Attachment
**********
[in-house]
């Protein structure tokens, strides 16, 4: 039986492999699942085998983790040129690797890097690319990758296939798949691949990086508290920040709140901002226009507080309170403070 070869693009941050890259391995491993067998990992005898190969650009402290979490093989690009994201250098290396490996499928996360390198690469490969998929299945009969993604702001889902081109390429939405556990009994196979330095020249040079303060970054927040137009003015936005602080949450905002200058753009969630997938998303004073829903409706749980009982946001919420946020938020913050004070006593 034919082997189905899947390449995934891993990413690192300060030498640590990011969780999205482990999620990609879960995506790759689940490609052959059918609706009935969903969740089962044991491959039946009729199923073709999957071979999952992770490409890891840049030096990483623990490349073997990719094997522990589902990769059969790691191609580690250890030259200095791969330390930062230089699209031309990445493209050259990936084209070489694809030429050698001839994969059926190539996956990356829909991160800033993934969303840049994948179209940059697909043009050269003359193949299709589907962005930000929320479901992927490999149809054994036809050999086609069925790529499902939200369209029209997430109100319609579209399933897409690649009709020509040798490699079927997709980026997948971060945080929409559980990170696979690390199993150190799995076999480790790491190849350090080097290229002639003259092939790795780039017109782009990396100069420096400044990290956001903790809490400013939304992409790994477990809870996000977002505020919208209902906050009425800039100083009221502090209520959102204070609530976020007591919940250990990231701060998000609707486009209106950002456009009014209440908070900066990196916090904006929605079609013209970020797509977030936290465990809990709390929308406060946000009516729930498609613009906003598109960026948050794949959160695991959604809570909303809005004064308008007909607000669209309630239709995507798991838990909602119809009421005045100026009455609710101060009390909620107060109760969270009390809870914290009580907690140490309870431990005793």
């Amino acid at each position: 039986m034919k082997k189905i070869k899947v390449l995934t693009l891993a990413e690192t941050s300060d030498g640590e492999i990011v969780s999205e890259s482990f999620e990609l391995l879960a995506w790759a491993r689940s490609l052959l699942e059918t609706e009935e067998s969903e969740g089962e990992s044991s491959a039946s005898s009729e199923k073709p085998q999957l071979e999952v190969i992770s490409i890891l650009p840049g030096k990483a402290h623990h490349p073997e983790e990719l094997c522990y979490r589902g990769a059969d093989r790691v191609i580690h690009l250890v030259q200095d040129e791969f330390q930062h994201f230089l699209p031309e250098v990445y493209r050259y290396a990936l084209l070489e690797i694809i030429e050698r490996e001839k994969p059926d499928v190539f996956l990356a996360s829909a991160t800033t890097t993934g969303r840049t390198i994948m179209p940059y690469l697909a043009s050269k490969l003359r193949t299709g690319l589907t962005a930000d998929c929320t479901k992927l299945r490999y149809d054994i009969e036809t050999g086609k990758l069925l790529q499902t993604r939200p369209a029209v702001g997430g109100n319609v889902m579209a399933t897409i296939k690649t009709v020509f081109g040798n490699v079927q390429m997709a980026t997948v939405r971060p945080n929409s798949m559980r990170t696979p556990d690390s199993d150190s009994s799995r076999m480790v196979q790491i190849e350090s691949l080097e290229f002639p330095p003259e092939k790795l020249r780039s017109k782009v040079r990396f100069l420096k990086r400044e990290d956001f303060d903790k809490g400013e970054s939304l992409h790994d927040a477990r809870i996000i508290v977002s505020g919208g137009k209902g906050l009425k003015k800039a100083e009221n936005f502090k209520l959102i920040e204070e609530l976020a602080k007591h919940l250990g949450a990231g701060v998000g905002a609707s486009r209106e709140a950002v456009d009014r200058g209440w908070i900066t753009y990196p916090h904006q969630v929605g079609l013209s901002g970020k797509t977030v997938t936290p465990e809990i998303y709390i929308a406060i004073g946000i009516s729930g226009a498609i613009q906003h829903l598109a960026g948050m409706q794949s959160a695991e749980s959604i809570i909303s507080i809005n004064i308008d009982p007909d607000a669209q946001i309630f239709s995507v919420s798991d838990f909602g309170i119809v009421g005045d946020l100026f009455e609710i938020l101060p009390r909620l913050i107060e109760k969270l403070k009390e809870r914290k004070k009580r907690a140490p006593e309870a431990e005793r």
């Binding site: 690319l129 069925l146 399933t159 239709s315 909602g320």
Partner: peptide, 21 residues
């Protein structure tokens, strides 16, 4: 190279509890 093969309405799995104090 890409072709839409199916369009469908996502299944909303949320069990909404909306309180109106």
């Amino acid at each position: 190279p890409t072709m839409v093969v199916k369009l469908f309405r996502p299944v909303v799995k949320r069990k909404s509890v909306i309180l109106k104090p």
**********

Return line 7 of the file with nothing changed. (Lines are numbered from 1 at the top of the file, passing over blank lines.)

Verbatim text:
């Amino acid at each position: 190279p890409t072709m839409v093969v199916k369009l469908f309405r996502p299944v909303v799995k949320r069990k909404s509890v909306i309180l109106k104090p």